|I don't know what that music is, but I know I want to dance to it|
22nd December 1989
As the party season reaches its peak, David Toop goes looking for the "underground" origins of the music to which everyone is dancing
"There are a lot of clubs in Manchester where you get your I Sharons and Tracys dancing around their handbags to the most left-field stuff," says Graham Massey. Characteristically, Martin Price, his partner in the Mancunian dance music quartet, 808 State, is argumentative. "They don't know it's left field and experimental," he protests, "because they haven't grown with it. It's just consumed by them. They're not going to search for it. They trip over it in a drunken haze."
For the past two years, dance music has hovered in such a limbo that there is some comparison to the underground rock explosion of 1967. Having developed away from popular attention over a number of years, experimental dance music has burst into national prominence, both through the tabloid scandals of drugs and so-called "acid house" parties and through repeated chart successes. The underground has moved overground, and with that comes the tension between commercialism and innovation, an influx of opportunist musicians and, entrepreneurs, plus the new fans dancing around their handbags, blissfully unaware that they have been traditionally loathed by undergrounds of all persuasions and eras.
Dance music as it is now defined is a hybrid form of Sixties soul, Seventies funk and symphonic soul, hip-hop, disco and European and Japanese electropop ranging from Kraftwerk and Ryuichi Sakamoto to Soft Cell and Thomas Leer. In its most underground form it is predominantly electronic and increasingly abstract, full of strange noises and tonalities, powerful moods and complex rhythms.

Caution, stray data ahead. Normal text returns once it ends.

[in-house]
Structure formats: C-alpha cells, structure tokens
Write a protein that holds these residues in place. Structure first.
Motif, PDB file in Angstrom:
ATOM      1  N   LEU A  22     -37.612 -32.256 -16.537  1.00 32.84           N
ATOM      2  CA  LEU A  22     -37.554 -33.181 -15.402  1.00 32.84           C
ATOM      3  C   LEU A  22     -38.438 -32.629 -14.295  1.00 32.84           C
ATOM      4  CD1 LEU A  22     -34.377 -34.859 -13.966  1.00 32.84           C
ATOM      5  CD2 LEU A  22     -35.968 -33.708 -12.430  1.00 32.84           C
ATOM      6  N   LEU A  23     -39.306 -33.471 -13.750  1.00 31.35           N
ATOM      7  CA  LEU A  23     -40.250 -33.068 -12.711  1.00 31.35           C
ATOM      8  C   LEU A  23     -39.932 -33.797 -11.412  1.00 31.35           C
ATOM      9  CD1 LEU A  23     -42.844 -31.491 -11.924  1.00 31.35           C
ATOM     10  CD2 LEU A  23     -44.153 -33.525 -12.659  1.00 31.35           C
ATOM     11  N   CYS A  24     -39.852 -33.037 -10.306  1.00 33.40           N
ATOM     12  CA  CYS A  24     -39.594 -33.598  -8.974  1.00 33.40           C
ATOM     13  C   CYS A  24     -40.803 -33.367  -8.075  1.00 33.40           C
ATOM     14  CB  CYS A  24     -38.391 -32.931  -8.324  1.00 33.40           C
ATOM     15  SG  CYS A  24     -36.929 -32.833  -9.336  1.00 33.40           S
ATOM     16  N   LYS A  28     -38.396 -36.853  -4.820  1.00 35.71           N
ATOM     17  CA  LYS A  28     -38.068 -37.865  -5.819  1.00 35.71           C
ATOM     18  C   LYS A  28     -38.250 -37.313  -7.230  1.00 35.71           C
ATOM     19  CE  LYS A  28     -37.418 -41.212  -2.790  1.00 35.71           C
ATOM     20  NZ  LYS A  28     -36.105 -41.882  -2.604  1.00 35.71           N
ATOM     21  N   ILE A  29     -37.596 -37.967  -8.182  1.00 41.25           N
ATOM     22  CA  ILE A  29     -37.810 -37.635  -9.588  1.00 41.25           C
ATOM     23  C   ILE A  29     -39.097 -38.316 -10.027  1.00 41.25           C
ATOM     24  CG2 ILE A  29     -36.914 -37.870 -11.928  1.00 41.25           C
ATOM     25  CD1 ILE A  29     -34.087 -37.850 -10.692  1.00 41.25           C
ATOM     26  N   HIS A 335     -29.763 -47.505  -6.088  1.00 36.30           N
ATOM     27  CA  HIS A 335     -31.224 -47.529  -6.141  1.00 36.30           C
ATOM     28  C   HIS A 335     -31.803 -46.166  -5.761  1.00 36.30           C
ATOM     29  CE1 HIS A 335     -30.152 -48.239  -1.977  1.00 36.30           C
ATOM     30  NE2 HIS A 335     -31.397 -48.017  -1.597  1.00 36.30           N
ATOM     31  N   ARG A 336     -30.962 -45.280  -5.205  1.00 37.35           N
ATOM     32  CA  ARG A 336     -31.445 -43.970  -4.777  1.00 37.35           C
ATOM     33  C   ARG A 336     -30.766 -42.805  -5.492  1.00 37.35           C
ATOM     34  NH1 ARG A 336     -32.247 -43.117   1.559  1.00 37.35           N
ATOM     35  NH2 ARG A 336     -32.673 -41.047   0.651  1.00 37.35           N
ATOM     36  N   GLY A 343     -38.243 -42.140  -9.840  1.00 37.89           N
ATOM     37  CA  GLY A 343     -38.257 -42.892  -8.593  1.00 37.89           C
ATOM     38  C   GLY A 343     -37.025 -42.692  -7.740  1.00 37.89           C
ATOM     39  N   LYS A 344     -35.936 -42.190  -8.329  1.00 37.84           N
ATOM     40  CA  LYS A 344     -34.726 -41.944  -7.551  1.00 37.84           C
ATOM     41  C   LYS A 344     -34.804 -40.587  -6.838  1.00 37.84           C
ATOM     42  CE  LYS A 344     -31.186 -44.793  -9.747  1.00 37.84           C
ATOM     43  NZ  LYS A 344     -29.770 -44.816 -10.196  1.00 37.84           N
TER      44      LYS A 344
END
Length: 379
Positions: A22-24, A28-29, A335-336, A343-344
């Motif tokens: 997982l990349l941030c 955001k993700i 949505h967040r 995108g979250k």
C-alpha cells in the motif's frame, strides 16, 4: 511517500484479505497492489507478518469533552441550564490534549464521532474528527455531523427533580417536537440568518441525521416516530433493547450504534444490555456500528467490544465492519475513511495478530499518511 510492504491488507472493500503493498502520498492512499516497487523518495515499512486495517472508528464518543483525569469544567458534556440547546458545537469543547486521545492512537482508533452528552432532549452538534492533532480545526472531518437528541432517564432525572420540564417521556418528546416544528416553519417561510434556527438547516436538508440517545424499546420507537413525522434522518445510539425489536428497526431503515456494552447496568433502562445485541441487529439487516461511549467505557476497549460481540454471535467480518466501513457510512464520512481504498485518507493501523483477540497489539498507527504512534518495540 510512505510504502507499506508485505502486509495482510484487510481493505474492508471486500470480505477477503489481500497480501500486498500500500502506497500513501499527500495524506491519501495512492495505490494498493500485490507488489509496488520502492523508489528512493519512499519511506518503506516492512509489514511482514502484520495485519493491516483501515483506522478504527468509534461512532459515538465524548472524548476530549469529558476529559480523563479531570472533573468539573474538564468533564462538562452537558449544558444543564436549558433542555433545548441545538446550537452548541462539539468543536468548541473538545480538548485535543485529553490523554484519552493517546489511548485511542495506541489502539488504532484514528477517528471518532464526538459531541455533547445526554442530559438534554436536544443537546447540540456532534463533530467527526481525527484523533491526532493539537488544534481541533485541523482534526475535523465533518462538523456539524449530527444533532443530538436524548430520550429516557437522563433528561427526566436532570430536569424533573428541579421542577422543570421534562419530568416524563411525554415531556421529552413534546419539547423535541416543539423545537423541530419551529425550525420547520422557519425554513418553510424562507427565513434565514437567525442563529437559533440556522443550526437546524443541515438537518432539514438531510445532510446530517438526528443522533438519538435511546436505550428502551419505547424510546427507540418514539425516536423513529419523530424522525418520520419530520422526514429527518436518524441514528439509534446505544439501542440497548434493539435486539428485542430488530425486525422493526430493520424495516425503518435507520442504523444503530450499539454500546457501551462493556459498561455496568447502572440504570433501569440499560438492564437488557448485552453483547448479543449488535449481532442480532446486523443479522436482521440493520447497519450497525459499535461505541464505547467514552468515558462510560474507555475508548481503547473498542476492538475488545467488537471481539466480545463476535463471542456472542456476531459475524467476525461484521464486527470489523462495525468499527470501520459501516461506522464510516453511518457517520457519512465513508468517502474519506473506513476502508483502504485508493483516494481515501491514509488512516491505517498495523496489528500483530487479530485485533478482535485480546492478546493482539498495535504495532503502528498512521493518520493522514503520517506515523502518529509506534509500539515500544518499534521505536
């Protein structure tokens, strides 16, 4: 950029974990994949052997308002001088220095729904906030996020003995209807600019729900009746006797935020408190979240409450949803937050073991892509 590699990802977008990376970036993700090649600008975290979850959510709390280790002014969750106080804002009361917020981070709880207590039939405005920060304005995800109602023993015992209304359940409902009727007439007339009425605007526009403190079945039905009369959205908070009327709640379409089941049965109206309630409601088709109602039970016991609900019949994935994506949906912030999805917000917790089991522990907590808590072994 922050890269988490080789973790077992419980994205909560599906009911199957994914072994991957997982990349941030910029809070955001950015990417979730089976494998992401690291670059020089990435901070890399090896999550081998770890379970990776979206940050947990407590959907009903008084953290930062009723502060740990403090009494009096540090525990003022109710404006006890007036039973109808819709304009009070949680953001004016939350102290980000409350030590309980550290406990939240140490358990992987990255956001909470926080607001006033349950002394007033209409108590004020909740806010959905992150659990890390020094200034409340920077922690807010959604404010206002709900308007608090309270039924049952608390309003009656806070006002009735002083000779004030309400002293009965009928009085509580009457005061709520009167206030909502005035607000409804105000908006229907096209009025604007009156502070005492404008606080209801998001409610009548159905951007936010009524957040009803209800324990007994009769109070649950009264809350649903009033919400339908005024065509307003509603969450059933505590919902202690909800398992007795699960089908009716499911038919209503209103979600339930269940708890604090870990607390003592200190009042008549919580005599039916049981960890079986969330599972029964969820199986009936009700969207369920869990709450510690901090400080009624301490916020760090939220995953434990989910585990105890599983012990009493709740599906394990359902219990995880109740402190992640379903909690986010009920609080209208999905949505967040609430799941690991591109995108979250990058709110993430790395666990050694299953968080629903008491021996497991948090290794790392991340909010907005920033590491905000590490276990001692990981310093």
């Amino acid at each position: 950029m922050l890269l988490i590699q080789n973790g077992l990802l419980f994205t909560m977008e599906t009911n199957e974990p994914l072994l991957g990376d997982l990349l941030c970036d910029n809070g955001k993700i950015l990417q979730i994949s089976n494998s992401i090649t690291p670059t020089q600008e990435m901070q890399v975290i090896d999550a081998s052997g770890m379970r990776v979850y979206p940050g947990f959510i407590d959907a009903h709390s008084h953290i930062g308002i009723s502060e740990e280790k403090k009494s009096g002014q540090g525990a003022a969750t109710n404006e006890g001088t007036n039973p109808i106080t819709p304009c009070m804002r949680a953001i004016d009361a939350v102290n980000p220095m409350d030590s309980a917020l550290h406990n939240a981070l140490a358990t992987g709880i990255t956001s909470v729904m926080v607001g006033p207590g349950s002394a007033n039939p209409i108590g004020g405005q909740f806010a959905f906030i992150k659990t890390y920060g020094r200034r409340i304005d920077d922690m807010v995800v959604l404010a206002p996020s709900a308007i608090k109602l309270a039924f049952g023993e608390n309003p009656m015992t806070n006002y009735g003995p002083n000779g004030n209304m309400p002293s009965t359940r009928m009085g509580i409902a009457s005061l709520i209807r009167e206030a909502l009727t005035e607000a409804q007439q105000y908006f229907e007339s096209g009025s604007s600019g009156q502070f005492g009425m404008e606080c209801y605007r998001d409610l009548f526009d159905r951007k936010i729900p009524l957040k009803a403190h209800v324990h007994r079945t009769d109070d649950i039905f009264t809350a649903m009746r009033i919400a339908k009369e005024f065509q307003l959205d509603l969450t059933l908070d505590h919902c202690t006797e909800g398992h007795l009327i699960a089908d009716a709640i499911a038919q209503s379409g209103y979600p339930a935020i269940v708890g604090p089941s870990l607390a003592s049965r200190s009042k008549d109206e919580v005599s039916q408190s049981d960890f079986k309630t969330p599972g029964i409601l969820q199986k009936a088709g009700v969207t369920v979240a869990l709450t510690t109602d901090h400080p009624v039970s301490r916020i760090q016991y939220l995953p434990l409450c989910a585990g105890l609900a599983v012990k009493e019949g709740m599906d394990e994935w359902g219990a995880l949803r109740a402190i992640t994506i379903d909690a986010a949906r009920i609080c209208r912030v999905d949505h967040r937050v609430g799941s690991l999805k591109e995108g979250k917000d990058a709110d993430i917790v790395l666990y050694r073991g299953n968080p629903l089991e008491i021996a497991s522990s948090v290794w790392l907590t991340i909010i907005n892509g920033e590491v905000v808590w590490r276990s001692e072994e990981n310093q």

Groups such as 808 State have displayed an inventive approach to rapid developments in music technology, combining synthesizers, drum machines and effects boxes of six or seven years' vintage (now considered antique and obsolete in more conventional circles) with the latest equipment. For the new breed of dance technicians, the trick is to use whatever is to hand.
"Some of the best records are shoe-string," says Massey. The group pursues this methodology ruthlessly, going into a cheap 16-track studio every week with two carrier bags full of tapes for sampling. At work, they operate in a manner which is poles apart from the usual clinical image of electronic and computer music, using descriptive expressions like "alchemy" and "getting your hands in the mud". Price sums up the attitude they adopt when something untoward happens. "Great," he says. "Accident! Leave it".
This is a philosophy which has paid off, simply because there is now a huge audience which wants to dance all night to manic rhythms and unusual sounds. Price fiercely denies that drugs are the sole underpinning of the dance scene. "It's the music that's important," he says. "It's the rawness. They're mad for it."
The new dance music fans have shown just how mad they are for it by propelling British acts such as 808 State, A Guy Called Gerald and Adamski into the charts, alongside a flood of Italian imports which also capture the eclecticism of the current mood. Only a few years ago, it was house music from Chicago, garage tracks from New York and techno from Detroit which supplied the club soundtrack. European acts, inspired by all these sub-genres, now have the confidence and ideas to make records which are a match for American productions. Recently it has been Milan and Manchester that have created a stir, but the accessibility of music programmes for home computers, combined with the untapped potentials of digital samplers, means that next year's stars will be emerging from bedroom studios in droves, all clutching carrier bags full of floppy discs.
Radio One largely ignores underground dance music, rock critics continue to dismiss it as insubstantial, and the Law Courts have shown that large and noisy all-night gatherings will not be tolerated. For true believers, this is perfectly acceptable. As Massey says: "The more pressure that is put on it, the more exciting it is and the more people want it. That's what the underground is about. Isn't it?"
[Author: David Topp]